UPDATE 1-Syria says chemical weapons talk is intervention excuse
* U.S. and NATO have warned Syria against chemical weapons
* Syria has not acknowledged it possesses them
* But has said wouldn't use such weapons against own people
* Dy formin Syria days chemical weapons talk is "theatre"
BEIRUT, Dec 6 (Reuters) - Syria's deputy foreign minister said on Thursday he feared Western countries were voicing concerns over his country's possible use of chemical weapons to lay the ground for intervention, despite Damascus saying it would not use them.
Faisal Maqdad said media reports citing U.S. and European intelligence officials as saying Syria was preparing its chemical weapons for possible use were "theatre", in an interview with the Lebanese news channel Al Manar.
Syria has been mired in bloodshed since the start of a 20-month-old uprising against President Bashar al-Assad's rule with his army turning the full force of its artillery and fighter jets against comparatively lightly armed rebels.
Opposition forces and Western intelligence officials have said that recent rebel advances - including around the capital Damascus - may provoke Assad into using chemical weapons, which he is widely believed to possess.
"Syria stresses again, for a tenth and a hundredth time, if we had such weapons, they would not be used against its people. We would not commit suicide," Maqdad said in the interview.
"In the event that (foreign powers) actually considered an aggression, they should consider the consequences. I believe the cost will be high ... They need to understand that they are putting the entire region and its environs to danger if they tried to commit such a folly."
Syria straddles the fault lines of several ethnic and regional conflicts in the Middle East, from Turkey's fight with the Kurds on Syria's northern border, to sectarian tensions in Iraq in the east. It is also still formally at war with Israel, its neighbour.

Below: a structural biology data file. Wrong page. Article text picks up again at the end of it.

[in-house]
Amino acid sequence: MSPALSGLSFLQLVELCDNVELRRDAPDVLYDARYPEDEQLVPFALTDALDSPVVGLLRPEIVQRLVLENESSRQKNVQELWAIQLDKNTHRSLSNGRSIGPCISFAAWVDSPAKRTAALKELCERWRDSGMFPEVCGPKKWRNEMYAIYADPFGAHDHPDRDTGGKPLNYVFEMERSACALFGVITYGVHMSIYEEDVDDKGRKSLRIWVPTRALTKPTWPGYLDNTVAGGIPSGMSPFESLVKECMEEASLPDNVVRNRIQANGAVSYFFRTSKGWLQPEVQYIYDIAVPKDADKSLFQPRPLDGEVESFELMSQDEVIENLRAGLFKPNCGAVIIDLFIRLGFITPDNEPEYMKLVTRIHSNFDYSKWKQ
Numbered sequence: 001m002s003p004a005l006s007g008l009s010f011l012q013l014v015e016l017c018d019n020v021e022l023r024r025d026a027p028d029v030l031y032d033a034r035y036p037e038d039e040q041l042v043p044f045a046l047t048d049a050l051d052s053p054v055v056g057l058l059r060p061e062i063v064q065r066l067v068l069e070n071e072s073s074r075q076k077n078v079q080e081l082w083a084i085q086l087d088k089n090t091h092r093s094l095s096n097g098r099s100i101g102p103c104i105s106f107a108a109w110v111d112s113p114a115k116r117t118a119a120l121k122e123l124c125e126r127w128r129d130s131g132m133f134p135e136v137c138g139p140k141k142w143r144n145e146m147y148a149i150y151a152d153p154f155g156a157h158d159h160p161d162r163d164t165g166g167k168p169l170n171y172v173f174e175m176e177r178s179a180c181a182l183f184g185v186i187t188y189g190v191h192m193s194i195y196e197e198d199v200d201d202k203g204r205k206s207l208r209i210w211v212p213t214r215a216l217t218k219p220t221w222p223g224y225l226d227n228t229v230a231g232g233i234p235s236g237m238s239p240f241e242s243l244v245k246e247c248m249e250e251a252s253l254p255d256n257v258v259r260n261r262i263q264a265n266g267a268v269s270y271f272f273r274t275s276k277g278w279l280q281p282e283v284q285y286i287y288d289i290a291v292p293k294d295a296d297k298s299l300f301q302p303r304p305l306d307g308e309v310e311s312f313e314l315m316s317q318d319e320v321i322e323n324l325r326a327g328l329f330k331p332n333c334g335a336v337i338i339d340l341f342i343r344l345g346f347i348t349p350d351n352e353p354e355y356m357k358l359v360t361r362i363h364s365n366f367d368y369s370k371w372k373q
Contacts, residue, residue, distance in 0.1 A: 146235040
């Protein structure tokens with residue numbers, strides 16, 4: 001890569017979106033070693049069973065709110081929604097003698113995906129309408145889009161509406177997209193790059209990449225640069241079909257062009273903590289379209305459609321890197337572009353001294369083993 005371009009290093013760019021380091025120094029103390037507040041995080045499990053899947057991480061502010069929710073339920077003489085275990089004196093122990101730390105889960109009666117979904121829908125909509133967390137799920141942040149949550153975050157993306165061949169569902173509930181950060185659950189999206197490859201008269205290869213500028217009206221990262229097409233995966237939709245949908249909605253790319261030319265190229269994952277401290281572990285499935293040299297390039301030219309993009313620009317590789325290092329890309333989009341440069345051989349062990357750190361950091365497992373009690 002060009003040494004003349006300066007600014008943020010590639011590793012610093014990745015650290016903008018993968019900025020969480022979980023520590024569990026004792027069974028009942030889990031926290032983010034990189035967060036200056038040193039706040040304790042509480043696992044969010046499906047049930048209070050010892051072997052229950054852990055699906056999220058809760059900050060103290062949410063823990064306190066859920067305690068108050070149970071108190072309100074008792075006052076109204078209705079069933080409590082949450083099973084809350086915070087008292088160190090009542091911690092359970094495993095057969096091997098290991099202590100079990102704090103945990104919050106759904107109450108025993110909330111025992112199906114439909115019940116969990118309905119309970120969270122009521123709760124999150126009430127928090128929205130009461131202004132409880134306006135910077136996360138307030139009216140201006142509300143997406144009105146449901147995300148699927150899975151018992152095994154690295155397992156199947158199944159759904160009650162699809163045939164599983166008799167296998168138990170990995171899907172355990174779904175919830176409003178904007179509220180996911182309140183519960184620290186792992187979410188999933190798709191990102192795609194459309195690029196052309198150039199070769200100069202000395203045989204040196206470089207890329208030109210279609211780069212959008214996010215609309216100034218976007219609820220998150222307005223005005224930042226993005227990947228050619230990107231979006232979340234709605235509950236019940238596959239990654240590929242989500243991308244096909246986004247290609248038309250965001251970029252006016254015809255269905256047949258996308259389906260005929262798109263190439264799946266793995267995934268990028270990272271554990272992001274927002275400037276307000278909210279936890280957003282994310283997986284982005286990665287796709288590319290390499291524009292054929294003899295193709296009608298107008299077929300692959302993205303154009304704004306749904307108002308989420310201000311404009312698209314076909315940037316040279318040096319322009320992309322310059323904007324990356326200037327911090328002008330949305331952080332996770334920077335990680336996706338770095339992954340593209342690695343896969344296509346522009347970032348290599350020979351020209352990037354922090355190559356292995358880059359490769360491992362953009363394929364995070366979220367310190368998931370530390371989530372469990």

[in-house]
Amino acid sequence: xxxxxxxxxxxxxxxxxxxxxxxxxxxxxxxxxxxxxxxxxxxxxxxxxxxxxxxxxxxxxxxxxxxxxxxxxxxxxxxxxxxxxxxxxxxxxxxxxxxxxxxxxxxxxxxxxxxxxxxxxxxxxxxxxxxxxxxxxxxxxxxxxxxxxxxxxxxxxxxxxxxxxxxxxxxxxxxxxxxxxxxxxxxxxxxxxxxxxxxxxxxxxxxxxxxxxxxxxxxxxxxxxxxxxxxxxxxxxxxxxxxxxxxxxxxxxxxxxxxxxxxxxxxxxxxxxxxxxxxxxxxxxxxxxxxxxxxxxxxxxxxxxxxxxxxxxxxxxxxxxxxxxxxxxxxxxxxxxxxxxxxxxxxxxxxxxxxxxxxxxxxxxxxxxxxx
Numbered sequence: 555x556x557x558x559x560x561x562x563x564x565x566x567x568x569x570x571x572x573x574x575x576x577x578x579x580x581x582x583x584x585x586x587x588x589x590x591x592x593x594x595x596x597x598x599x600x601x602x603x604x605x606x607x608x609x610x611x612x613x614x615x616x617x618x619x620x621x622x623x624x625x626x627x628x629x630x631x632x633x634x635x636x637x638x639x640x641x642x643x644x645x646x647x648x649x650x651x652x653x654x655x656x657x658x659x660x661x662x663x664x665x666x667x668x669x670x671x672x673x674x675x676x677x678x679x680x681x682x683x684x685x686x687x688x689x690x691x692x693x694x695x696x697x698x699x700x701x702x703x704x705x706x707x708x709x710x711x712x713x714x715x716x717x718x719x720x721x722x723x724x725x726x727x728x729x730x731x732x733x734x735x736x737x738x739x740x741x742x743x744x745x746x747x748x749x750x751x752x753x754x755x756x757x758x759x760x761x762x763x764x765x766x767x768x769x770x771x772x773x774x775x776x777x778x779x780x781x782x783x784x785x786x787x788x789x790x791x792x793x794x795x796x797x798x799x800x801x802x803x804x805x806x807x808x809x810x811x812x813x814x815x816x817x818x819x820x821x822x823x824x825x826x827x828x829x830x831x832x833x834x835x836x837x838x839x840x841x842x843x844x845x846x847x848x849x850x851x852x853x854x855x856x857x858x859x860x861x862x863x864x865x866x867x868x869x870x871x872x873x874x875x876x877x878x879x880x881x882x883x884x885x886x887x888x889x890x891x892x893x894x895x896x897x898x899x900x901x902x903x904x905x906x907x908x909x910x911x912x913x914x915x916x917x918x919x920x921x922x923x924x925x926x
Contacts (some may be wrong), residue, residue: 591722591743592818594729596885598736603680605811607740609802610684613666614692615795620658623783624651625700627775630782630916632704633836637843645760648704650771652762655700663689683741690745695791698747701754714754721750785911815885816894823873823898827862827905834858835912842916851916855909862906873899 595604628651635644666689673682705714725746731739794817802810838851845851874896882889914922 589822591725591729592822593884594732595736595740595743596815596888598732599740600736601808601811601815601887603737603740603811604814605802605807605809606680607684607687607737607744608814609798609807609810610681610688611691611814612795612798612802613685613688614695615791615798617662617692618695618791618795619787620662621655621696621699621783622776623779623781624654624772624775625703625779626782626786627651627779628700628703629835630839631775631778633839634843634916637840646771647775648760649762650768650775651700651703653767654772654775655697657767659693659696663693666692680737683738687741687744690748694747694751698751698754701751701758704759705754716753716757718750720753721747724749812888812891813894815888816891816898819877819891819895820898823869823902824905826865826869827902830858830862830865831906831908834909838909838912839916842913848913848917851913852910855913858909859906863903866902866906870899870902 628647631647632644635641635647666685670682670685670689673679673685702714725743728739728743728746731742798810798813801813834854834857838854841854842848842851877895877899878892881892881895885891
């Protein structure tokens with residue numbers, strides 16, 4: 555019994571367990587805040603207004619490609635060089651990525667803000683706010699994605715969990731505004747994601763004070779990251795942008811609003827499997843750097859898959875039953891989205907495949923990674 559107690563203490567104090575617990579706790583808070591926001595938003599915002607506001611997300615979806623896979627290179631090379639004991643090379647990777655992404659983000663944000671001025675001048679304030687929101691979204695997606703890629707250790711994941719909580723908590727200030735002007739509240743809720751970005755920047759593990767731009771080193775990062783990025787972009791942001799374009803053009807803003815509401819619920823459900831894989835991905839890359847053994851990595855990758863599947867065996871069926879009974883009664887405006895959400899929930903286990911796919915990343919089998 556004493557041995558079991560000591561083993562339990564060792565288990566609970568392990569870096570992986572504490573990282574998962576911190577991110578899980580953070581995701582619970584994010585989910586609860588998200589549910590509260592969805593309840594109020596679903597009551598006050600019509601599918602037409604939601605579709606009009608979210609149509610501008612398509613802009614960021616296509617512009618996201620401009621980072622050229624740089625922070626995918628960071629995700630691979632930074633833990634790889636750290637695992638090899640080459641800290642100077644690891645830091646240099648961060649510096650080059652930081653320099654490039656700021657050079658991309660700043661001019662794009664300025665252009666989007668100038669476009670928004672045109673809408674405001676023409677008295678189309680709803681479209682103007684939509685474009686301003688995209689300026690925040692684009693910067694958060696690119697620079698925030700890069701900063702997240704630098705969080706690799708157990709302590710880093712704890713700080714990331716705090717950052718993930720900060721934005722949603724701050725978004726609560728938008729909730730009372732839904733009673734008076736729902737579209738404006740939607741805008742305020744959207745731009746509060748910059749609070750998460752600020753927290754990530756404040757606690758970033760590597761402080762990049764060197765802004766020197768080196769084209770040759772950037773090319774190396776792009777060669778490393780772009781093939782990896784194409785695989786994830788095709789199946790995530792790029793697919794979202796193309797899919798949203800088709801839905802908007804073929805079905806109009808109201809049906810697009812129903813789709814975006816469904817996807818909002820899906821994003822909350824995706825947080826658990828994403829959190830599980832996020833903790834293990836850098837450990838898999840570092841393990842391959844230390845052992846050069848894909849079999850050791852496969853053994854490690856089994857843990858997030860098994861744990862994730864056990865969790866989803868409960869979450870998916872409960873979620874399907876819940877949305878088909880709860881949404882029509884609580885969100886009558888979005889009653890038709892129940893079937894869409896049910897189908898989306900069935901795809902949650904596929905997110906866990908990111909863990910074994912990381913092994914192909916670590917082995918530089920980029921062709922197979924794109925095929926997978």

Assad blames the West and its Gulf Arab allies, who have thrown their weight behind the opposition, for the unrest in Syria that rebel sources say has killed 40,000 people. His government argues that the uprising is led by "terrorists" guided from abroad.
If the rebels could not overthrow Assad he said the West might "resort to radical solutions".
Syria refuses to acknowledge it possesses chemical arms but has repeatedly said it would not use such weapons on its own people, though it might against foreign attackers. Israel and NATO countries say Syria has stocks of various chemical warfare agents at four sites.
The United States and NATO, which has agreed to send Patriot missiles to the Turkish border with Syria, have issued strong warnings to Syria against the use of chemical warfare.
Washington has said that the use of chemical weapons would be a "red line" for the United States.
U.S. Secretary of State Hillary Clinton said on Wednesday the United States was worried an "increasingly desperate" Assad could resort to the use of chemical weapons against rebels, or lose control of them "to one of the many groups that are now operating within Syria".
Maqdad said that Syria's foes might give "terrorists" chemical weapons and then blame use of them on Damascus.
He said that Assad would continue to fight the opposition despite foreign pressure: "We will not concern ourselves with this psychological war and we will continue to fight terrorism."